New Balance Fresh Foam 1080 v11 review and lab test

Flexible uppers are great, they form to your foot’s shape, they move with you, not against you, and they tend to be light and breathable - all good things. The New Balance 1080v11 went too far though. This shoe looks cool, feels light in your hands, and seeing it on the wall at the store made me really want it, but the upper is just way too flexible, and the heel counter has slip issues that to me were unsolvable. 

This shoe will be appreciated by runners who: 

  • Run slowly and straight 
  • Need an easy day or a recovery shoe 
  • Are really into flexible uppers and soft bouncy midsoles. 

Pieces of New Balance Fresh Foam 1080 v11

Look away if you run on uneven terrain and turn quickly on your turns. In the realm of daily trainers, the New Balance FuelCell family has more lower-to-the-ground and agile shoes. And if you want something aggressive and fast, look no further than New Balance 1400 v6

Comfort first, performance later

The shoe is extremely comfortable, unfortunately in this case that comfort comes with a penalty: 

  • the upper is just too flexible, 
  • the soft material on the ankle doesn’t lock down your heel, and 
  • the springy midsole is a bit too unstable. 

If this shoe was designed for just comfort it would be 5 stars, but it’s designed for running and it misses the mark here. 

Superb comfort 

FreshFoam 1080v11 feels amazing on your foot thanks to the stretch upper. It hugs and forms right where you want it. 

It has a very stretchy mesh above the toe box, but the rest of the upper is actually really stiff thanks to good use of welded overlays and the logo. After cutting this apart, I am actually surprised this shoe feels so sloppy since it’s just the mesh toe box that is overly flexible. 

The area around the toe where the upper connects to the midsole and all the way through the midfoot and up into the logo is not stretchy at all. 

Too flexible on all fronts

It’s amazing that this shoe feels too flexible, just like the Ultraboost 21 when overall this upper is much stiffer than the Adidas. 

I guess it goes to show, if you have the wrong material in just the wrong place it can ruin the whole shoe. 

The heel measured in as the most flexible heel out of any shoe we’ve so far tested at just 13.3n, where the average we’ve seen is 56.6n. 

Sock liner needs better QA

The sock liner is not glued in to the midsole well, this is a bit odd and possibly a QA issue.

Sock liner issue on 1080v11

Wobbly overall and horrible on turns

It runs straight well. But, on turns, I felt like I was going to fall out of the shoes if I turned too hard or wasn’t on flat ground. 

At 34mm of stack in the heel, this shoe could benefit from being a bit closer to the ground since it feels a bit wobbly, but that’s more due to the midsole than the height.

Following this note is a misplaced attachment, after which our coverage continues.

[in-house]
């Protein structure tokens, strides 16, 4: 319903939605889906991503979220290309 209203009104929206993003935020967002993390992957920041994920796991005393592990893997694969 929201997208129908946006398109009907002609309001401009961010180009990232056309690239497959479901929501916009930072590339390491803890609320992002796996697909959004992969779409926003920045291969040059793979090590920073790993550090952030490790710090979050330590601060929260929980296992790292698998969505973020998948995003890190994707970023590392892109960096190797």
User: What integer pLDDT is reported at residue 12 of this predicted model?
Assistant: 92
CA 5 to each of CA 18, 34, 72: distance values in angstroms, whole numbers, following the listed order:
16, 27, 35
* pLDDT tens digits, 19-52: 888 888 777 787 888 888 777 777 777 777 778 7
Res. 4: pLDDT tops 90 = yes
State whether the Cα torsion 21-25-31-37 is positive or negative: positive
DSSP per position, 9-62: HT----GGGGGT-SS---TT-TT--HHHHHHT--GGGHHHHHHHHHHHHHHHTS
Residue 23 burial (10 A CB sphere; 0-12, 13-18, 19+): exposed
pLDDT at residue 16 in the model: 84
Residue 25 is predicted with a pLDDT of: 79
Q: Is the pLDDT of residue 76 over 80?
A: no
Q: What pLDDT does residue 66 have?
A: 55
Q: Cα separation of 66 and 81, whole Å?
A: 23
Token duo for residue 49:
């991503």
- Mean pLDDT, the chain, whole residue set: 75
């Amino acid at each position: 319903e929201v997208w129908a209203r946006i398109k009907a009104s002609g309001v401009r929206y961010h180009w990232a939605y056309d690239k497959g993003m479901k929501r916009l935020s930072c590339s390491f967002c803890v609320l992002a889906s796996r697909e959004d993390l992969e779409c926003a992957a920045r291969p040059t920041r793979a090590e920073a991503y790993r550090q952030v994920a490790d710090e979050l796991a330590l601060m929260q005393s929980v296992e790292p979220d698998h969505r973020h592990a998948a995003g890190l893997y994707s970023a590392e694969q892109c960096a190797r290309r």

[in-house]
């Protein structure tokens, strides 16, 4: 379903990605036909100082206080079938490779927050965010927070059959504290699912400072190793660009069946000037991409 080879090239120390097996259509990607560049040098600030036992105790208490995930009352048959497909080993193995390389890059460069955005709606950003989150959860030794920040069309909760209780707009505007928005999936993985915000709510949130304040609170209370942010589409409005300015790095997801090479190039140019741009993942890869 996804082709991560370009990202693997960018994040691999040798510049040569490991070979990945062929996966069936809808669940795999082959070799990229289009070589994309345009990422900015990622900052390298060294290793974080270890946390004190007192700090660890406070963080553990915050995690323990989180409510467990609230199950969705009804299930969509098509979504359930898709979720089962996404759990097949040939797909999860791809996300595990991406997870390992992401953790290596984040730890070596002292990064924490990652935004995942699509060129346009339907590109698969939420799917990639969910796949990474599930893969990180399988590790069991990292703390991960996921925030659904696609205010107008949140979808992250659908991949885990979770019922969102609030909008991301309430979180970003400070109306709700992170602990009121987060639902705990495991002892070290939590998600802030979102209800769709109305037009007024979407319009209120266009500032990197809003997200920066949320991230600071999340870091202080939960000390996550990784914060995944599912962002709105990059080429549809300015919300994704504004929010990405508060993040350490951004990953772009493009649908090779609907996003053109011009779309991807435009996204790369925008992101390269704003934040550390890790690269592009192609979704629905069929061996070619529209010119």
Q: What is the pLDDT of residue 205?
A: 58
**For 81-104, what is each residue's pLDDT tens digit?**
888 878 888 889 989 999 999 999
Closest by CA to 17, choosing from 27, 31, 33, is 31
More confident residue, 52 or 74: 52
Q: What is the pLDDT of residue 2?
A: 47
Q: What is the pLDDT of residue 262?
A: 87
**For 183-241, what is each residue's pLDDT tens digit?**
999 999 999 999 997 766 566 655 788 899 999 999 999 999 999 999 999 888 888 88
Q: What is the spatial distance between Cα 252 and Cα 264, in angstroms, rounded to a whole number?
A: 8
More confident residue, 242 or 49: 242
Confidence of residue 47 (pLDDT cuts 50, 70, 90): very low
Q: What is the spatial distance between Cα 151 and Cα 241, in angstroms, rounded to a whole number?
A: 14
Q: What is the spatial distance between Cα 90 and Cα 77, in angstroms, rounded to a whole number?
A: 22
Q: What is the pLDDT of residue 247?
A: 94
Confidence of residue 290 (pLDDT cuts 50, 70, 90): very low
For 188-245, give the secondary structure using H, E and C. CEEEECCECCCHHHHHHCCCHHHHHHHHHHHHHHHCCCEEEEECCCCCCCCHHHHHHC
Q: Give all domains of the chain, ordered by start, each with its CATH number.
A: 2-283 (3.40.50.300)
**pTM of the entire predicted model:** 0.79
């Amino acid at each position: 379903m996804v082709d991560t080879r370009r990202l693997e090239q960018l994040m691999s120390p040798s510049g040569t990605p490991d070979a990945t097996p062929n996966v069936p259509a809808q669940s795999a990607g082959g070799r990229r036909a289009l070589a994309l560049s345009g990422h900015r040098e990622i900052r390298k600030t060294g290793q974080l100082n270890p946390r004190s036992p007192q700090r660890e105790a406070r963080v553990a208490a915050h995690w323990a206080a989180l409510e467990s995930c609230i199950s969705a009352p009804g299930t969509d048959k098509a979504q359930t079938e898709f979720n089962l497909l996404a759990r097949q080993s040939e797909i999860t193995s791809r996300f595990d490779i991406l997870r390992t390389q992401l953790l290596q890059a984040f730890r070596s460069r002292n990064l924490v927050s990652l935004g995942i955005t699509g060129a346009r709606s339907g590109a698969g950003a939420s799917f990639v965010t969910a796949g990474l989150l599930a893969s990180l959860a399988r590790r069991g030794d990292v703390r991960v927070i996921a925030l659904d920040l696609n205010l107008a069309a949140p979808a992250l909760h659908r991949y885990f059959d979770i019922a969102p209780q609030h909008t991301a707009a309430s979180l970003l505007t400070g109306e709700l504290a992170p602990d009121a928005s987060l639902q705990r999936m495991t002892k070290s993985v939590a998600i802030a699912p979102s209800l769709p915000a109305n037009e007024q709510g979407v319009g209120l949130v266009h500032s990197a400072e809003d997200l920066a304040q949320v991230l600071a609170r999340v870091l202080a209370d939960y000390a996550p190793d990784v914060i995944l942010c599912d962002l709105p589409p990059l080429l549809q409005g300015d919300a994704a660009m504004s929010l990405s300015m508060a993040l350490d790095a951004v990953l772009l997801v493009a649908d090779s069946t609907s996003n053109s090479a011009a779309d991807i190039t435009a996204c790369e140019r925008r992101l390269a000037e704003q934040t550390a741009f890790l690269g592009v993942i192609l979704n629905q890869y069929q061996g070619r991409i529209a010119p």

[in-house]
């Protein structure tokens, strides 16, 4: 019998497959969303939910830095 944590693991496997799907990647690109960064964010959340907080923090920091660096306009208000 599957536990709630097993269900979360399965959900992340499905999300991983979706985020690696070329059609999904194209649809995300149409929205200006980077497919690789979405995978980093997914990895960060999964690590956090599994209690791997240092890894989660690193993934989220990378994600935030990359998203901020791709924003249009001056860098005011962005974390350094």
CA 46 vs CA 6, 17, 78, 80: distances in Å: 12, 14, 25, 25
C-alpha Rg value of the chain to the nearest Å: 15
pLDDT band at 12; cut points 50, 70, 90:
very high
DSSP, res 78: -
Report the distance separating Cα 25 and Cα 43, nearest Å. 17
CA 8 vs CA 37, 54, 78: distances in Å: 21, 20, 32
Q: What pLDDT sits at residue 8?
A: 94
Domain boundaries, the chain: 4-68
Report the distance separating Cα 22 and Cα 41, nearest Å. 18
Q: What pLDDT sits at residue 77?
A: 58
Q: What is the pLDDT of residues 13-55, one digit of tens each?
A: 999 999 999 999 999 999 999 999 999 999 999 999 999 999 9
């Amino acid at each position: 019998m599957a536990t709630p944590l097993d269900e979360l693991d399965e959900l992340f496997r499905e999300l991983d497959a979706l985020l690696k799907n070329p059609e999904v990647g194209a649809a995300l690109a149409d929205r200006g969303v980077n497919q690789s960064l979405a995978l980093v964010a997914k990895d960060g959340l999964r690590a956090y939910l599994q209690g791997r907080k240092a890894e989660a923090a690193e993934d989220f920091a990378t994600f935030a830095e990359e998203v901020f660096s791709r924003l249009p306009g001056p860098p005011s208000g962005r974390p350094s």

The midsole is too soft, and because of it, it feels slightly unstable. Between the forefoot and the heel, the foam underfoot averaged over 31% softer foam than other shoes in our test group (18.8ha on our durometer, compared to the average of 27.4ha). 

This soft material made my foot work extra hard to balance which led to a bit of cramping at first. I settled into them and they got better over time but they remain a touch wobbly because of the bouncy, soft springy midsole.

Heel slipping in New Balance Fresh Froam 1080v11

Normally I really like a softer heel counter, but this absence of one completely leads to significant heel slip issues. 

There’s no real padding in the ankle collar, just some stretchy fabric. The thickness ranged from a minimal 2.5mm near the front of the ankle collar to a still thin 7.2mm at the thickest point in the back. 

The heel counter is very odd, it dips in the middle and the upper portion is just foam and this stretchy neoprene-like material. It’s more designed to act as a low heel cup to keep your heel from moving laterally, which it does, but you sure do get a ton of heel slip vertically.

Heel counter design on New Balance 1080v11

To play devil's advocate here though, the heel slip issues were a much bigger concern just walking around in them where the slip is most pronounced. While running, it’s not as bad, but it's still slipping and annoying when it’s all you can think about every step. 

Heel tab doesn’t work 

There is a heel tab on this shoe, but it’s more like an elf tab, there’s no finger loop, and this tab is not all that easy to grasp. 

Heel tab on 1080v11

I’ve seen this on a few shoes this year, and I am not a fan, just sew in a simple finger loop, how hard is it?

Fresh Foam 1080v11 is extremely breathable

Breathability to wish for - all thanks to a partially gusseted tongue and a good choice of materials. 

Transparency test on 1080v11

A partially gusseted tongue keeps the weight down and the toe box more breathable. 

Fresh Foam 1080v11 cut in half

Tongue stays put 

The tongue on the 1080v11 is a short, lightly-padded mesh that's partially gusseted. It’s comfortable but its length (how far down the upper it goes) does make it a bit more challenging to put on than a shoe with a longer tongue that allows the upper to open up more when unlaced.

New Balance Fresh Foam 1080v11 tongue closeup

Once on though, the tongue stays put and is comfy.

New Balance 1080v11 tongue cut in half

One thing I found while cutting this shoe apart that was a little odd, was a small strip of padding in the middle of the tongue under the name/logo. Not sure why they would put that there or what it does, but must add a tiny bit of unneeded weight. 

Lacing system makes no sense